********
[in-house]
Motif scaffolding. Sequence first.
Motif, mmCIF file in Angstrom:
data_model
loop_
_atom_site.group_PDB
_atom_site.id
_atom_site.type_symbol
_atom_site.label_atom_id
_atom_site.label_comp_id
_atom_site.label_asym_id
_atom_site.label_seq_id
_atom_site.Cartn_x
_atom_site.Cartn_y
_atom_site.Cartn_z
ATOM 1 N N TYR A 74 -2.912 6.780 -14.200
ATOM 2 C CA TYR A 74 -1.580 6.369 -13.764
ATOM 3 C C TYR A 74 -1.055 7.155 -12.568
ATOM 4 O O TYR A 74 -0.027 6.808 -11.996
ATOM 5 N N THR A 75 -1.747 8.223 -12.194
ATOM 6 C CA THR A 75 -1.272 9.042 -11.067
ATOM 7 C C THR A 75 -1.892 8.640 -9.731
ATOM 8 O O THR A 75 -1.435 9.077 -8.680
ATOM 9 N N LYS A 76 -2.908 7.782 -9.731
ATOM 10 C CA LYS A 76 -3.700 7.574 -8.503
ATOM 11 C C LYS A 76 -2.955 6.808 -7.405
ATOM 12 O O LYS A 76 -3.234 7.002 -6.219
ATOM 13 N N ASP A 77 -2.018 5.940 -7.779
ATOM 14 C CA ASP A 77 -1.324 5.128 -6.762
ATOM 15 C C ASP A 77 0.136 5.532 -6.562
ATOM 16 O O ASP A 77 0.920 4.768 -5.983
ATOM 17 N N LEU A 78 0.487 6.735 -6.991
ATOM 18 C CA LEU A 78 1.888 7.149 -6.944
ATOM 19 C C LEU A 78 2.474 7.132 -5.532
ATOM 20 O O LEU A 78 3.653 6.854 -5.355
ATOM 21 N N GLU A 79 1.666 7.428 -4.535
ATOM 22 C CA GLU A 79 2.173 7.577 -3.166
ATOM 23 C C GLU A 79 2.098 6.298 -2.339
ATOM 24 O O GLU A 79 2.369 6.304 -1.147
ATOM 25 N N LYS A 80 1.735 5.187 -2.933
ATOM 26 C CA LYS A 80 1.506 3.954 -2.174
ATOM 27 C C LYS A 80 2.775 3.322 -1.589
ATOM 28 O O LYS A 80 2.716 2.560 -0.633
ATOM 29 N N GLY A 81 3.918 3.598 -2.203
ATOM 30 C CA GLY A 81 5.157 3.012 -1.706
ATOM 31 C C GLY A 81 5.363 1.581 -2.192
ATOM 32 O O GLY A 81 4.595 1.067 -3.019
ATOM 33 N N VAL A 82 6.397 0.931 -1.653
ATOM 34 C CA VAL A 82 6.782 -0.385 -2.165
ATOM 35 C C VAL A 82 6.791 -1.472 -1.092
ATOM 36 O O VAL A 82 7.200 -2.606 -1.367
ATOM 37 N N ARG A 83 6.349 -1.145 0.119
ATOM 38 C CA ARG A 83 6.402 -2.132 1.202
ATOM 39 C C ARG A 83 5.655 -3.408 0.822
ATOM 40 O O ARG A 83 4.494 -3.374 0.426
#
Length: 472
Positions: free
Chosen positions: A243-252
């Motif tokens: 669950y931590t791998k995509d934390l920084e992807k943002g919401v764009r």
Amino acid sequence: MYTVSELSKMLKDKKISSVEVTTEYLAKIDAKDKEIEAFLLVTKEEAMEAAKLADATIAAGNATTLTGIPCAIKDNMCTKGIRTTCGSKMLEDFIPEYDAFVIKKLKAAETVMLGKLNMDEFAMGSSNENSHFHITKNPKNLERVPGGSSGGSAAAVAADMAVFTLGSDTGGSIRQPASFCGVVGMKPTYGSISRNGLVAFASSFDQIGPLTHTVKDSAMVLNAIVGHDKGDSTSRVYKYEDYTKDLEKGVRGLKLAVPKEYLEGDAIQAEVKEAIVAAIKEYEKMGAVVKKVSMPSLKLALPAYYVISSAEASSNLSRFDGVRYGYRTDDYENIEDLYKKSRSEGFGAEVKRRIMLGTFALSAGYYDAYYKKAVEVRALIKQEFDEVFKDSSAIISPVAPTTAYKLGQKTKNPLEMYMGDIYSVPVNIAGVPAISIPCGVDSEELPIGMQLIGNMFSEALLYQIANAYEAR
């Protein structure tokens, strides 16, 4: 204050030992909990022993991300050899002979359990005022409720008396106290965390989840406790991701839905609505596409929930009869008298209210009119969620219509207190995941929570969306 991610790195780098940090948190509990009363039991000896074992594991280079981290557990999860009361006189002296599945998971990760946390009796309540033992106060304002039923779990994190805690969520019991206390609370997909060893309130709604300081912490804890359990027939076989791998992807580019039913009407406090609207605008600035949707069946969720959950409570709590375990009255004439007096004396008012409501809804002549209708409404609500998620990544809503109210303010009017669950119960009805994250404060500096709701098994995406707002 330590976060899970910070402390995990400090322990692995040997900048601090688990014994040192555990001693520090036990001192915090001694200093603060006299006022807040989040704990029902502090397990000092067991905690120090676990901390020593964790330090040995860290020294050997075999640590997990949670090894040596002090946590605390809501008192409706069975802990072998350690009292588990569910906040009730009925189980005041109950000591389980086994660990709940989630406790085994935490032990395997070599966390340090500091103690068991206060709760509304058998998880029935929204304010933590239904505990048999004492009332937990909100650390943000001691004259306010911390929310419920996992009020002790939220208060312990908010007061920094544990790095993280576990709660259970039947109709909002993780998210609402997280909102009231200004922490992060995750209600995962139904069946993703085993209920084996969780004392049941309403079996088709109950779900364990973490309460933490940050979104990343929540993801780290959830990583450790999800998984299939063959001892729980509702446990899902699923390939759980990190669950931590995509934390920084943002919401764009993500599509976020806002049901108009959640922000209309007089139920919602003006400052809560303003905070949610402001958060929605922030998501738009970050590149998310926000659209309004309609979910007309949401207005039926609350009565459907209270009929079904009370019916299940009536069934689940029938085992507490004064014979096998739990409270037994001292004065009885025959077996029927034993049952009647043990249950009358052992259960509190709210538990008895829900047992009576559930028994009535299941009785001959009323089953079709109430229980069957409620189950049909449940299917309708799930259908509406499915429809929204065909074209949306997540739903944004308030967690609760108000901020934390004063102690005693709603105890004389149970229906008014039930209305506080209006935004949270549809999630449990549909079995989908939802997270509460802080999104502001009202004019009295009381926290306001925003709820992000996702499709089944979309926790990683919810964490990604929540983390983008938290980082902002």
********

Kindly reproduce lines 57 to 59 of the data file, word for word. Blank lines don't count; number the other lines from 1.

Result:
Length: 472
Positions: free
Chosen positions: A243-252